One embodiment disclosed herein includes a method of forming a crystalline silicon layer on a face of a substrate, the face being microrough prior to forming the layer, the method comprising reducing the amount of microroughness on the face and performing a metal induced crystallization process on the face. In one embodiment, the reduction of the microroughness on the face is performed by depositing a microflattening layer on the microrough face. In one embodiment, the microflattening layer is a dielectric layer. In one embodiment, the dielectric layer comprises a spin-on dielectric, a flowable dielectric, a dip-on dielectric, or a spray-on dielectric. In one embodiment, the dielectric layer comprises a spin-on glass, SiO2, or an oxide other than SiO2. In one embodiment, the substrate comprises a ceramic material, glass, or a glass-ceramic material. In one embodiment, the substrate comprises mullite, alumina, or silicon nitride. In one embodiment, the face has a microroughness below 1 rad/μm after the step of reducing the amount of microroughness. One embodiment further comprises reducing the amount of macroflatness on the face prior to performing the metal induced crystallization process on the face. In one embodiment, the metal induced crystallization process is an aluminum induced crystallization process.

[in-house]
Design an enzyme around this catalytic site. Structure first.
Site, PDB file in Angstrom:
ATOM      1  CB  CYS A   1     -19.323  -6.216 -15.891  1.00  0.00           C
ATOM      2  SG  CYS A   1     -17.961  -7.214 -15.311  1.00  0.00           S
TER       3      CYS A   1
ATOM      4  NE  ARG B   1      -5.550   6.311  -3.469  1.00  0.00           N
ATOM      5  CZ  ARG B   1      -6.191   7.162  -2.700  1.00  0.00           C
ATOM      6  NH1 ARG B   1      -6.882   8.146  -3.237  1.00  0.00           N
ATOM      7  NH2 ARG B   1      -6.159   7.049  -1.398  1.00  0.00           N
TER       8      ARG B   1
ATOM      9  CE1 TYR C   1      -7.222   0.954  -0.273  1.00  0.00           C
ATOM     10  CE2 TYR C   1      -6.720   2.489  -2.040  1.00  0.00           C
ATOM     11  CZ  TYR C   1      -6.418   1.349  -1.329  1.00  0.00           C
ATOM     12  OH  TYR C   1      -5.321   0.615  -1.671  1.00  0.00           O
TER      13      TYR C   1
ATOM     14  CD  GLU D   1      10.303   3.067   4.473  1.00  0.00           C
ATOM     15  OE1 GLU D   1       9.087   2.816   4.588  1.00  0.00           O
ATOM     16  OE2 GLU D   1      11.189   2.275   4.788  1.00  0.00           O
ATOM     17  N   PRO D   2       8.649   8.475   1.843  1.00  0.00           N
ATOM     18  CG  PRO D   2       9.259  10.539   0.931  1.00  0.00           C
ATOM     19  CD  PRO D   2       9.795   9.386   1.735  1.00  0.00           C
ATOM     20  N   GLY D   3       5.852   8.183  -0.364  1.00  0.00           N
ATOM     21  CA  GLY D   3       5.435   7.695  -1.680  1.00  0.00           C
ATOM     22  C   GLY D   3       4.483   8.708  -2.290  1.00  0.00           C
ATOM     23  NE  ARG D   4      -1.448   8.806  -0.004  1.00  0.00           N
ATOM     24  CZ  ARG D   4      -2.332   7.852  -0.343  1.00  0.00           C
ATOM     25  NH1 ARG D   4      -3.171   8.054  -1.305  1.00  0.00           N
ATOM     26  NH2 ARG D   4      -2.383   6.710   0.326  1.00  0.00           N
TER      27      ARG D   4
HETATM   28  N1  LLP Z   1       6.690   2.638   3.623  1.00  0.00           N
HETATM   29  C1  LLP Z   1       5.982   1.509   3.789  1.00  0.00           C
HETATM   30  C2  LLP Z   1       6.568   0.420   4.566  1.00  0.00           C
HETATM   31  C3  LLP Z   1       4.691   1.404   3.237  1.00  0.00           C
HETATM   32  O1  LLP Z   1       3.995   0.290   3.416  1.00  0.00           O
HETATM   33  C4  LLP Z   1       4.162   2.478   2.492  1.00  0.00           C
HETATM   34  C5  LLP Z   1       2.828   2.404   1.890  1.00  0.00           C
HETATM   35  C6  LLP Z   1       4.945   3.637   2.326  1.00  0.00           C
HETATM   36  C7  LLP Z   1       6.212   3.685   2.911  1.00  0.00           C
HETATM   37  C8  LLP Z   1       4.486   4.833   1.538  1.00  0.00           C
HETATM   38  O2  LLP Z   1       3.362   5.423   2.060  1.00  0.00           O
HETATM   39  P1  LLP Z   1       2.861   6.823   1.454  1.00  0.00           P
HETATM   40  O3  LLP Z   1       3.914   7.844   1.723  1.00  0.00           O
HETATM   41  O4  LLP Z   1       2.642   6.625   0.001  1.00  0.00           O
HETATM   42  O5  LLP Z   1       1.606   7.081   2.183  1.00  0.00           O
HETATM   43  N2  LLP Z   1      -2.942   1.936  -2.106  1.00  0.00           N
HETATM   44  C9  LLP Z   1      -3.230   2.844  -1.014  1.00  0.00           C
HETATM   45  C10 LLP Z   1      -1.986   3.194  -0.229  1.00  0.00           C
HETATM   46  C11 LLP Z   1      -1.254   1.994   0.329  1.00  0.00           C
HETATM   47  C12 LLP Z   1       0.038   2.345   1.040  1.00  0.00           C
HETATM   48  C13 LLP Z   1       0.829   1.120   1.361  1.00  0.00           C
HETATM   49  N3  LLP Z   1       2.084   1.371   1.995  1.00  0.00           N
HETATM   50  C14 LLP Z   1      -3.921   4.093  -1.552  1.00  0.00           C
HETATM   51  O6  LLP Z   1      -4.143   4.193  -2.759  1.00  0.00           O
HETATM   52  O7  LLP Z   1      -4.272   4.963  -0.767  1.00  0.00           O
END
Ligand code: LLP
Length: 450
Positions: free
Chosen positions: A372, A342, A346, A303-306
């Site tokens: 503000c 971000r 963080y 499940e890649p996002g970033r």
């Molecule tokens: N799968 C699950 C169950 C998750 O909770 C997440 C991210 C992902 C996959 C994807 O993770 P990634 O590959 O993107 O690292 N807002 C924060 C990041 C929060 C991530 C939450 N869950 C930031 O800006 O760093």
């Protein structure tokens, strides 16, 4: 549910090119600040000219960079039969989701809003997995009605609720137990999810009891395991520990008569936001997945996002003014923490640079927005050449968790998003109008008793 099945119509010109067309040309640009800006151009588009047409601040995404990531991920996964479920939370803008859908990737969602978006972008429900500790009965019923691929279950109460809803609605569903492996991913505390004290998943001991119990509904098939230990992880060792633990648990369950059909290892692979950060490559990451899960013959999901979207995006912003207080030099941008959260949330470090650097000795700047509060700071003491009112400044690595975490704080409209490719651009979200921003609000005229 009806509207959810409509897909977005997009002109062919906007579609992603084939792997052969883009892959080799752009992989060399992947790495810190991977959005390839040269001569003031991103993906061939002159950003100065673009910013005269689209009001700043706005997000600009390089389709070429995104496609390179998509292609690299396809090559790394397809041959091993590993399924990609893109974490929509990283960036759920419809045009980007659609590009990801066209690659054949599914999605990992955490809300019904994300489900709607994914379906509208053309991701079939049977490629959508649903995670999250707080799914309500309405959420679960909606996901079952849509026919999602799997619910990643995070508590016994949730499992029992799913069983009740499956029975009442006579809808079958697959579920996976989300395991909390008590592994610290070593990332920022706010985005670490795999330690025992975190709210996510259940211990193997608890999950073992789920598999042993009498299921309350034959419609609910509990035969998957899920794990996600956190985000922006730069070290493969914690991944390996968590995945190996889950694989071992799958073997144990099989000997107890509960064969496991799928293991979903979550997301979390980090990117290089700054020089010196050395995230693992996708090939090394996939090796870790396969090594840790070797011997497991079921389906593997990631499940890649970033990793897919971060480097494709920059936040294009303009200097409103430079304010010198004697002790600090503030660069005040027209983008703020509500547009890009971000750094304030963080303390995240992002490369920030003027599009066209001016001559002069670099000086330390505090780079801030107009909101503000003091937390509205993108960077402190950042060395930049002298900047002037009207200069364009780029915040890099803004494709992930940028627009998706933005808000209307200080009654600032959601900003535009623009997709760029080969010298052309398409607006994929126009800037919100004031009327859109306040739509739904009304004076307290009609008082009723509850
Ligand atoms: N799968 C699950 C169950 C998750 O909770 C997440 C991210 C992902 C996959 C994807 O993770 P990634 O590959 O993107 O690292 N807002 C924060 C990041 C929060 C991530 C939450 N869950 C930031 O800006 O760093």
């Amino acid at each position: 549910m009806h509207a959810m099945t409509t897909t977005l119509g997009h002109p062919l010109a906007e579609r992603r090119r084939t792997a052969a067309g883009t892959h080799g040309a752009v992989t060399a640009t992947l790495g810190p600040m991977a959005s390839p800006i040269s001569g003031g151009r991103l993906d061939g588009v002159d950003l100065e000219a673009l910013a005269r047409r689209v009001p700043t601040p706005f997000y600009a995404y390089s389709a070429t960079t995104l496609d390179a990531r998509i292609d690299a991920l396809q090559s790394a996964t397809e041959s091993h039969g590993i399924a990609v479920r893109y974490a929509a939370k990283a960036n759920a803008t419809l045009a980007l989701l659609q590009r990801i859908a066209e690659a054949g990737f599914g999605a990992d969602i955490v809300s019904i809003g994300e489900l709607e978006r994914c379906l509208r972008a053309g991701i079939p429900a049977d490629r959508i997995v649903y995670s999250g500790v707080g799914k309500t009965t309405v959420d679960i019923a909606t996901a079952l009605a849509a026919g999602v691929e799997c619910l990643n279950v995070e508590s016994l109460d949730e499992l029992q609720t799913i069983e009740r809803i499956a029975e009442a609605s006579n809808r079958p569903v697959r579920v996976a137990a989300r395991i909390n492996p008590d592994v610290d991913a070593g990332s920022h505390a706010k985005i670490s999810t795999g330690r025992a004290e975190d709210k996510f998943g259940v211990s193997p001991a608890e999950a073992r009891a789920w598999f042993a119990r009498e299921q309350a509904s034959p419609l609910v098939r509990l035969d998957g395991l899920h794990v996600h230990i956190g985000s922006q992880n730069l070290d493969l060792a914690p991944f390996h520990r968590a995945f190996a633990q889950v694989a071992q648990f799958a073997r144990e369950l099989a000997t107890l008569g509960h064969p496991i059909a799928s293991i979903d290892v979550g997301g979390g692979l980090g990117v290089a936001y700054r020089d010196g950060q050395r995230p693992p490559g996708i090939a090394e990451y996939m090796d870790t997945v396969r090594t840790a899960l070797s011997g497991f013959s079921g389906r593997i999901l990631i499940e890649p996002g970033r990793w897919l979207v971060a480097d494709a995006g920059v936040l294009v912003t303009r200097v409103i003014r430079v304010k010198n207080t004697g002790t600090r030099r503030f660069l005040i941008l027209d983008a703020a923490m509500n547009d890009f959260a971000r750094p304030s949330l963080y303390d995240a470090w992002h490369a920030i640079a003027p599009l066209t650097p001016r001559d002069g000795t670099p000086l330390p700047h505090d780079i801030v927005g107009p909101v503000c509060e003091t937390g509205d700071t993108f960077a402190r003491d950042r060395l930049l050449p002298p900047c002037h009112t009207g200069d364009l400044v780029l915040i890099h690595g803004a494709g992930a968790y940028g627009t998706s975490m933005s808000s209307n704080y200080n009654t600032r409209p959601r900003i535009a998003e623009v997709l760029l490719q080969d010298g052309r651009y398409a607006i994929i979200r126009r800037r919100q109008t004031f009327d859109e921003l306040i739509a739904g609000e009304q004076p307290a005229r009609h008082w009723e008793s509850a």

Performing a metal induced crystallization process may comprise depositing a metal, oxidizing the metal, depositing silicon on the metal and annealing the metal and the silicon, whereby a crystalline silicon layer is obtained and whereby a metal layer is obtained on the crystalline silicon layer, the metal layer comprising secondary crystallites and silicon islands. According to the preferred embodiments, the silicon islands may be removed before removing the metal layer, thereby using the metal layer as a mask. Removing the silicon islands using the metal layer as a mask may comprise performing an etching step with an etching agent etching silicon faster than the metal. The metal layer may then be removed after removing the silicon islands. Alternatively, the silicon islands and the metal layer may be removed simultaneously, for example by performing an etching step with an etching agent having substantially the same etching speed for silicon and for the metal.